By Jim Schutze
By Rachel Watts
By Lauren Drewes Daniels
By Anna Merlan
By Lee Escobedo
The front page of The New York Times informs us that scientists are finally convinced that the phenomenon of global warming (I keep mistyping that as "global warning") can be attributed at least partly to human activity. Until now, the climatologists have been split over whether global warming was part of a natural swing in climate, like the end of the Ice Age, or the heating of the atmosphere is being caused by carbon dioxide released by burning fossil fuels.
"Even the string of very warm years in the 1980s and 1990s could have been just a natural swing of the climatic pendulum," the Times reports.
"...But a growing body of data and analysis now suggests that the warming of the last century, and especially of the last few years, is unlikely to be entirely due to natural causes and that a pattern of climatic responses to human activities is identifiable in the climatological record,'" according to a new report by the Intergovernmental Panel on Climate Change.
This summer, 500 people died from a heat wave in Chicago, and Russian scientists report venomous snakes appearing for the first time in the far north.
A team of British scientists predicts that 1995 will be the warmest year in human history. Bill McKibben, author of Hope, Human and Wild (out next month), wrote in the Los Angeles Times that the most curious part of this phenomenon is not that it's taking place--global warming is right where it's supposed to be, according to all the predictions by all the scientists who have studied it--but that no one is paying attention.
As they say at Alcoholics Anonymous, denial is not just a river in Egypt.
Denial of global warming is being aided and abetted by those whom McKibben calls "confusionists"--ideologues and industry flacks who keep trying to discredit the scientists by using inaccurate and misunderstood statistics.
Rush Limbaugh, for some bizarre reason, has taken it upon himself to crusade against the idea of global warming as some kind of left-wing plot.
And as usual, our numbskull pals in Congress are heading militantly in the wrong direction. Despite House Speaker Newt Gingrich's vaunted interest in the future, the Republicans are passing the most shortsighted budget in the history of modern science. Forget mean-spirited, which it also is--this budget is the Mr. Magoo of government moves.
According to the American Association for the Advancement of Science, the budget will chop civilian research by 33 percent by 2002. For fiscal '96, NASA's global warming monitoring is cut by 22 percent, mass transit research by 36 percent, water quality by 29 percent, hazardous waste disposal by 24 percent, toxic substances by 30 percent, nuclear non-proliferation by 26 percent and new materials research by 100 percent.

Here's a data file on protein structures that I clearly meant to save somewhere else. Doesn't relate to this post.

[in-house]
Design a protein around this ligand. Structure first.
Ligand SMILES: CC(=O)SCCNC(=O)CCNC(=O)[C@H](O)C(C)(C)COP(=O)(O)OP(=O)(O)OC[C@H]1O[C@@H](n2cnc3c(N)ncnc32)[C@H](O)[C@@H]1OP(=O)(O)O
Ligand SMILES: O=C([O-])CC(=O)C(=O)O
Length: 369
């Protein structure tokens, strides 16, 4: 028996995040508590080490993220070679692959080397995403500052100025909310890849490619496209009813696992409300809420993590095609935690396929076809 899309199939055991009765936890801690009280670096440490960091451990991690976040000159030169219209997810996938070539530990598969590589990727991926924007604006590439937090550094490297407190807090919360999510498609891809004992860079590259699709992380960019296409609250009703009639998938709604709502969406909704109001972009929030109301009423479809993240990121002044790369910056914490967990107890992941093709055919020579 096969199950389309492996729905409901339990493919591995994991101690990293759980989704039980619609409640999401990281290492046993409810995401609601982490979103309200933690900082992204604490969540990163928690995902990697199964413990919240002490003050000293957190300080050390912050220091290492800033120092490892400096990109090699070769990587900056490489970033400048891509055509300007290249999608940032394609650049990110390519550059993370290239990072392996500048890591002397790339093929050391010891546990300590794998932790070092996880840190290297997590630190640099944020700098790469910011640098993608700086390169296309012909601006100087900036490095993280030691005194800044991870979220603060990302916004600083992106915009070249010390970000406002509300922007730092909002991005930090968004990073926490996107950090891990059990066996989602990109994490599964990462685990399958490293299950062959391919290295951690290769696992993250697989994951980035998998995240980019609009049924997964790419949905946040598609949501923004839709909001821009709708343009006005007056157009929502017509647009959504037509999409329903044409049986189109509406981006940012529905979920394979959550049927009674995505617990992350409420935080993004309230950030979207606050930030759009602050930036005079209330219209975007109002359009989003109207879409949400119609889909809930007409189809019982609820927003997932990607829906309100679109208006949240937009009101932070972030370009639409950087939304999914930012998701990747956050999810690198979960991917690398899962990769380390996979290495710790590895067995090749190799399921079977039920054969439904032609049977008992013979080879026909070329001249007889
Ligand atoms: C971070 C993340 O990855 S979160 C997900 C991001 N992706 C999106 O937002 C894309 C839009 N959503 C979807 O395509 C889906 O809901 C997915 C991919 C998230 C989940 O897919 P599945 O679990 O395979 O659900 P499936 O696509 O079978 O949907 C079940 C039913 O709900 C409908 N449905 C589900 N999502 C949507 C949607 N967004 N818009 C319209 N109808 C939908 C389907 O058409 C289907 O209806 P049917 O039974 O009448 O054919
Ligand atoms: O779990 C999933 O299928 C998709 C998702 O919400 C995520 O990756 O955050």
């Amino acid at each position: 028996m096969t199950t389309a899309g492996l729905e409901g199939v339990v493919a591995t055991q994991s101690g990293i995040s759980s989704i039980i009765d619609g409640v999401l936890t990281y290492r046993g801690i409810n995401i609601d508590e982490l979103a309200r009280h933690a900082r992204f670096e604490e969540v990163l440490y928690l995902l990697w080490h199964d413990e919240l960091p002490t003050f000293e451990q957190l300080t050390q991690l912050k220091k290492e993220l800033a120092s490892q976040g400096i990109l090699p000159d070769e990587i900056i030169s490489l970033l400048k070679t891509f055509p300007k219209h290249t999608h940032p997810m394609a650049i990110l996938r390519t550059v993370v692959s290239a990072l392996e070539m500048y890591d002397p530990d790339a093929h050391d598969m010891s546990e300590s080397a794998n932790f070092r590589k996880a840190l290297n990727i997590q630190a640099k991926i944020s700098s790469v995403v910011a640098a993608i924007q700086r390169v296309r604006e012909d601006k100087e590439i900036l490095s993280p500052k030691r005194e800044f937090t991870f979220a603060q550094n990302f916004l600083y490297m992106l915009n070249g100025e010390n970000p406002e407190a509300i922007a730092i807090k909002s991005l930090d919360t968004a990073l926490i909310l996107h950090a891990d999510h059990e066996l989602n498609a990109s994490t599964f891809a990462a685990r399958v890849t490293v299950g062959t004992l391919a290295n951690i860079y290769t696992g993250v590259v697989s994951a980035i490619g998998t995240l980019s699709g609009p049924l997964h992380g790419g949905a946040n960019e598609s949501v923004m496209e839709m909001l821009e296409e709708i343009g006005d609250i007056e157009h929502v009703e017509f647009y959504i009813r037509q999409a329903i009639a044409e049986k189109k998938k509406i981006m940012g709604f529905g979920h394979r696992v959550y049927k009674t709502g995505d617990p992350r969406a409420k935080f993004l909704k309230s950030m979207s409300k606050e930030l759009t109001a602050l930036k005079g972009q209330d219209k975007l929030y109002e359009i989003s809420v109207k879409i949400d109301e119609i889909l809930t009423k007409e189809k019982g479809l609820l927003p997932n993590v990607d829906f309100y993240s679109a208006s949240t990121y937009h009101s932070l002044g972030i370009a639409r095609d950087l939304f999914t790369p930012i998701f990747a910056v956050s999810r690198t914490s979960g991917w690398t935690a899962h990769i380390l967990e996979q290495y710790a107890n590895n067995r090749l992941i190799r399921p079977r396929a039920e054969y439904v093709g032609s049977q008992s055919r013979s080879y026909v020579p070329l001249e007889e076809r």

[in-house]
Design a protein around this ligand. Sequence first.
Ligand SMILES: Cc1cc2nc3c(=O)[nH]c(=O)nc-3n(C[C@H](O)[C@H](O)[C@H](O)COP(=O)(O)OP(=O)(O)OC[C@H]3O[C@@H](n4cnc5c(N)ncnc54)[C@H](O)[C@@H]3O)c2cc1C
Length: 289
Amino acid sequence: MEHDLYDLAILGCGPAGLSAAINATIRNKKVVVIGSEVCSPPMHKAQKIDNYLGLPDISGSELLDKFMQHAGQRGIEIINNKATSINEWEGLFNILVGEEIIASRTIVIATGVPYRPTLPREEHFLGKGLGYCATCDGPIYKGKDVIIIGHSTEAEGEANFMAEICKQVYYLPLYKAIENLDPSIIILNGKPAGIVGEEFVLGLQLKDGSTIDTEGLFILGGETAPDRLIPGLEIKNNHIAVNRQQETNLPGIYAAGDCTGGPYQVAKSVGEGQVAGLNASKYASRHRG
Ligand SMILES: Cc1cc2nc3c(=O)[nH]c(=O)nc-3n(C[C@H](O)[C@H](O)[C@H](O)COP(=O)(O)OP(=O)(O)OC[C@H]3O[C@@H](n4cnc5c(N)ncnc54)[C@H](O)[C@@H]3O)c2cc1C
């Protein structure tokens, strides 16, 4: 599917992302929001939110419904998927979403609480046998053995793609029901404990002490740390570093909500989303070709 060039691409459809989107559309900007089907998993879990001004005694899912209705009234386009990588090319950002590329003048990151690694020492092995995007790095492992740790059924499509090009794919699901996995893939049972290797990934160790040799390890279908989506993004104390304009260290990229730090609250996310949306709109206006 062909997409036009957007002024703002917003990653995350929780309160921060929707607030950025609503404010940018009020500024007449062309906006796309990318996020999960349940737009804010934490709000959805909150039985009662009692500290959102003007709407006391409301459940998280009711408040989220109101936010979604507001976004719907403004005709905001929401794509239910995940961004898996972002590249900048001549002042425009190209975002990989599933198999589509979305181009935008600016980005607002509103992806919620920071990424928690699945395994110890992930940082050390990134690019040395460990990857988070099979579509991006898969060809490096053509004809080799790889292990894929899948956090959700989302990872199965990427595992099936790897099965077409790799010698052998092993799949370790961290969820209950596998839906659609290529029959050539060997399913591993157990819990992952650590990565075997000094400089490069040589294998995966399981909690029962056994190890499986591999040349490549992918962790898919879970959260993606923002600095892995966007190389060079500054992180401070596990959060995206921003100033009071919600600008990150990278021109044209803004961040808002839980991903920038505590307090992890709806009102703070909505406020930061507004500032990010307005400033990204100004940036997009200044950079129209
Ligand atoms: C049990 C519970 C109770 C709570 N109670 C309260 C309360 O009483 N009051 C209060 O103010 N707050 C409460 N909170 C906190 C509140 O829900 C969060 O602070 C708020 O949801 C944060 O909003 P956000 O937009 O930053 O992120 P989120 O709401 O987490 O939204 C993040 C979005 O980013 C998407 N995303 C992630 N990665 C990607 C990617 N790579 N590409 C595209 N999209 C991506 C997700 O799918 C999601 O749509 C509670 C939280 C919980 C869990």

All of this is being done in the name of balancing the budget. But as AAAS chief Richard Nicholson told the San Francisco Chronicle, the reason for budget-balancing is so we don't shortchange our children and our children's children: "If, in the process of doing that, we reduce the level of scientific research, we may be making their future much worse than anything done by debt."
The debate over whether to spend money on research and development is familiar in both the private and public spheres, and the terms of the debate are always the same: long term vs. short term.
Just as the corporate world has become increasingly shortsighted, increasingly focused on next quarter's profits, government--which should be tugging in the opposite direction--appears to have contracted the same form of folly.
While the Dole bill (the Regulatory "Reform" Act) is at least temporarily stalled in Congress, much of the same agenda is being carried out by a back-door approach through the budget process. Citizens for Sensible Safeguards has documented a staggering array of rollbacks in environmental and safety standards buried in the budget bills. The first method is reducing the budgets of enforcement agencies so they won't be able to do squat, much less improve on what they do; the second is to add riders to the appropriations bill that prohibit agencies from enforcing or implementing specific laws and regulations.
One theory of government is that it only reacts to a crisis; trouble comes when we cannot even agree on what a crisis is. Pardon me if some left-wing bias is showing here, but I'd rather get my scientific information from scientists than from Limbaugh.
A stray thought, on the spectacle of Bob Packwood resigning from the Senate, saying it was "the honorable thing to do":
I realize that we live in an age of moral relativity, but let's try to get a grip here. Men of honor do not (A) sexually harass women, (B) lie about it, (C) change their diaries in an attempt to avoid getting nailed, (D) pressure lobbyists to provide consulting fees for their wives, (E) abuse their staff members and other Senate employees and (F) find sleazy ways to get out of paying alimony to an ex-wife.
Molly Ivins is a columnist for the Fort Worth Star-Telegram. Copyright 1995 Creators Syndicate, Inc.